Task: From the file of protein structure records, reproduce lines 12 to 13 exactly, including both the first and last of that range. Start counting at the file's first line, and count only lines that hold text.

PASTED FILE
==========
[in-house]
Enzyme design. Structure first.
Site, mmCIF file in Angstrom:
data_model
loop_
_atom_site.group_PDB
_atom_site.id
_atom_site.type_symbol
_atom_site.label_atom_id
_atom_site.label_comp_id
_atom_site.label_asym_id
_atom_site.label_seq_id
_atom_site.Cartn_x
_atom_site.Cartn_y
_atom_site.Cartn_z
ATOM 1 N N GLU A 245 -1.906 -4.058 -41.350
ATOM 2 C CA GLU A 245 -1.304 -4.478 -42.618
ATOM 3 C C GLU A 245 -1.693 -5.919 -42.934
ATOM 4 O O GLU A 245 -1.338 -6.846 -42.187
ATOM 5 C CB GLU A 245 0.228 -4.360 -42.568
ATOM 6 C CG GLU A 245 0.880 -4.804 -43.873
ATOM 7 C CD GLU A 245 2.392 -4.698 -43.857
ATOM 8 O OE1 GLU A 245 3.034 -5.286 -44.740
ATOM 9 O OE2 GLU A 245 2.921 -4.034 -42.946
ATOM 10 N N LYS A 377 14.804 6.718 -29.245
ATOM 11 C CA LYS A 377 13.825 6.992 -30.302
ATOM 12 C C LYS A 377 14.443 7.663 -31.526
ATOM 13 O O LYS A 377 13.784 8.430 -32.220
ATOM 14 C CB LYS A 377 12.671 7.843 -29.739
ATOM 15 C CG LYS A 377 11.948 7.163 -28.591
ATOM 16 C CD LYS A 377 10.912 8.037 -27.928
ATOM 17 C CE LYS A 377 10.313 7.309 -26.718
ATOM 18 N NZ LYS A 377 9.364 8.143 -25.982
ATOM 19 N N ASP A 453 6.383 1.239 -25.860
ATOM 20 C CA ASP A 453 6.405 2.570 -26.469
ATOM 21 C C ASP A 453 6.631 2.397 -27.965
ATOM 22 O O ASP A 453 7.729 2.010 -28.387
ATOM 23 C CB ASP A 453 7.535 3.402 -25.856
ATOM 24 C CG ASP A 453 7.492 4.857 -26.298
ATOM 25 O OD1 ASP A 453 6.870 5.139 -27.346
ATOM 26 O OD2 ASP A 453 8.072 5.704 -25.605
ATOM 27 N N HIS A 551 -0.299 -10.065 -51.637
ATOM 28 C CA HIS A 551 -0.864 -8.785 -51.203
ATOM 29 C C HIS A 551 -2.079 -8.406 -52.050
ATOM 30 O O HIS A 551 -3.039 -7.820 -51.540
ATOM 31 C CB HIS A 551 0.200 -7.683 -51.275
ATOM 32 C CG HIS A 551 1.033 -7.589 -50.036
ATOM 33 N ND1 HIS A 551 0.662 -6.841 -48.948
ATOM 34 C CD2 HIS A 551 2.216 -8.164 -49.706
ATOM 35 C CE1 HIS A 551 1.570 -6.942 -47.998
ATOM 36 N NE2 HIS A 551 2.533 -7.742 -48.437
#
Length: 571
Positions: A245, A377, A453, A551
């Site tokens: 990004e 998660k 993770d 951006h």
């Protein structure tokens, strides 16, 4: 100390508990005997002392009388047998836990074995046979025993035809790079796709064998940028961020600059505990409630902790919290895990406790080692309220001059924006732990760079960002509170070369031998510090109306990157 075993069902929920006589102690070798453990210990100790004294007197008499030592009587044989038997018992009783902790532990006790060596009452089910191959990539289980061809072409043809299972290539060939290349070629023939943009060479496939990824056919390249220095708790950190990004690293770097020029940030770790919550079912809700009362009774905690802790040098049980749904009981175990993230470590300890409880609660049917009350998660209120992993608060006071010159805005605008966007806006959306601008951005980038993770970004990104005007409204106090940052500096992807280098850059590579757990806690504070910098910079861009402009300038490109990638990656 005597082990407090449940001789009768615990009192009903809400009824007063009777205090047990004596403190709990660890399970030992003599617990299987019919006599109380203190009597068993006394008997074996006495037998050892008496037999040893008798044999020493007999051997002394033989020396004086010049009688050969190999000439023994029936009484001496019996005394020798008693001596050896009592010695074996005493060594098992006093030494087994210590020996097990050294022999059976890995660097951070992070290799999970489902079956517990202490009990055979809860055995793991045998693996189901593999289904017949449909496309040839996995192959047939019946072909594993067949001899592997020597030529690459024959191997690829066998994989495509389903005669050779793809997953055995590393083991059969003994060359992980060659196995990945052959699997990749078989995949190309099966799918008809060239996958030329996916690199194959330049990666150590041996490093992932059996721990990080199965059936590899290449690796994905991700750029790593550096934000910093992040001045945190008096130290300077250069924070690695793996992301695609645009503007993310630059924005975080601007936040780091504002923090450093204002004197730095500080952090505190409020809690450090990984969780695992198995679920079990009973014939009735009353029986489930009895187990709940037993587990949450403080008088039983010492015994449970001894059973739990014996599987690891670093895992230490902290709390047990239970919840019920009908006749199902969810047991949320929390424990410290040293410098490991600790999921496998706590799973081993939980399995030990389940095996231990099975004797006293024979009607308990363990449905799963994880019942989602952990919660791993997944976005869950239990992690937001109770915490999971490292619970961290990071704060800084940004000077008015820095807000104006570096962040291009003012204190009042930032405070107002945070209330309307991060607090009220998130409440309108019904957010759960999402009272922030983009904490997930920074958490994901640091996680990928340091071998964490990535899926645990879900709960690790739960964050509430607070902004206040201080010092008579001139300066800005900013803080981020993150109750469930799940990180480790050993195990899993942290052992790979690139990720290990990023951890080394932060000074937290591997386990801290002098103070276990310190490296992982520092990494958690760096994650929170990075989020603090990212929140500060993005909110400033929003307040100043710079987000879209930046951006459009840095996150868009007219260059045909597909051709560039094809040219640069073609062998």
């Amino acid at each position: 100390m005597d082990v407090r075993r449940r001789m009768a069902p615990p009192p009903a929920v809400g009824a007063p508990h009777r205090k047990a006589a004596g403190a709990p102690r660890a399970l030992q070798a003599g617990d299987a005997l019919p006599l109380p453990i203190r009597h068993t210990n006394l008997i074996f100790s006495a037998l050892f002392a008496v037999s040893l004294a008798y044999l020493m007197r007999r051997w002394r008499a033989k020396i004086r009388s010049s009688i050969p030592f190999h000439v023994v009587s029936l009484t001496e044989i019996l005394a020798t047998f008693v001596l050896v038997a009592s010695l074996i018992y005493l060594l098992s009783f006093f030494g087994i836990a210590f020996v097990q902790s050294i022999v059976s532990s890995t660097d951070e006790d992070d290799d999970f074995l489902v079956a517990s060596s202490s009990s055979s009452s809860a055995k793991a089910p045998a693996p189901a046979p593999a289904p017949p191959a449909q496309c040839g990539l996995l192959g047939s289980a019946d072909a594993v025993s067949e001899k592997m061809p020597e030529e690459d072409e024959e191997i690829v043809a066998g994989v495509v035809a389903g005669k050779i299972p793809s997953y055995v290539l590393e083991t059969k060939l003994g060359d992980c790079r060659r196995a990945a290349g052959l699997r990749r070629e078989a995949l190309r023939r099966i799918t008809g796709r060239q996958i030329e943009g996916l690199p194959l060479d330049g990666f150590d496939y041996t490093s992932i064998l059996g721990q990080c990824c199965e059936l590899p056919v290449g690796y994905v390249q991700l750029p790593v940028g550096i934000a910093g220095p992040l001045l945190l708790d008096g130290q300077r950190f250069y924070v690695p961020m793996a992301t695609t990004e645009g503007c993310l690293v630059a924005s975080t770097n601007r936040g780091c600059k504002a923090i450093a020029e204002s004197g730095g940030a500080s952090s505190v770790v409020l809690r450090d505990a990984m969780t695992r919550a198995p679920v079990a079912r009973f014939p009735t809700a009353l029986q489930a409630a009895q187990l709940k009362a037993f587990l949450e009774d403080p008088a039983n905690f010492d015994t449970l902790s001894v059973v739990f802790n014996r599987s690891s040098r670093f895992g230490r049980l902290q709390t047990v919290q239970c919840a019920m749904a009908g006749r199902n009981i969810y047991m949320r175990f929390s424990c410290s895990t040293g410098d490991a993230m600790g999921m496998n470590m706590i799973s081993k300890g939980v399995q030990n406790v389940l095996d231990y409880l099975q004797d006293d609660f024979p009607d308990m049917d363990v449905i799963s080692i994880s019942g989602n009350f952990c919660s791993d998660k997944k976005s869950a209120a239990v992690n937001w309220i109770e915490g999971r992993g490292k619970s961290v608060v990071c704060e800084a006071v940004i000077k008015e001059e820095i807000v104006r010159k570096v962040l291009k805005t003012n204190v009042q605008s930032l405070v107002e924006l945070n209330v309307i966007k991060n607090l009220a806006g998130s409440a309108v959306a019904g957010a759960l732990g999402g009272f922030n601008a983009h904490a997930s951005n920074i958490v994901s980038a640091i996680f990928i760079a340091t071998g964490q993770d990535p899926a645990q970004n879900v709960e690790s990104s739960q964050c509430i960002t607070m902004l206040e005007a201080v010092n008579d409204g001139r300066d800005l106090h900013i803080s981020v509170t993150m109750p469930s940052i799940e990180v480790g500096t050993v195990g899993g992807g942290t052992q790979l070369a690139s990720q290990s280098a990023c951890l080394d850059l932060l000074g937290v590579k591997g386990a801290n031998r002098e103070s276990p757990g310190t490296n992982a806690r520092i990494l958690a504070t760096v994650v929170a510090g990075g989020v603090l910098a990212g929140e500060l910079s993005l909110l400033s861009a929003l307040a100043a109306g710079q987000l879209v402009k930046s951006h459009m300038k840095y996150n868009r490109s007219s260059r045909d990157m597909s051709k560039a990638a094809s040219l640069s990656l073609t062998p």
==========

_atom_site.label_seq_id
_atom_site.Cartn_x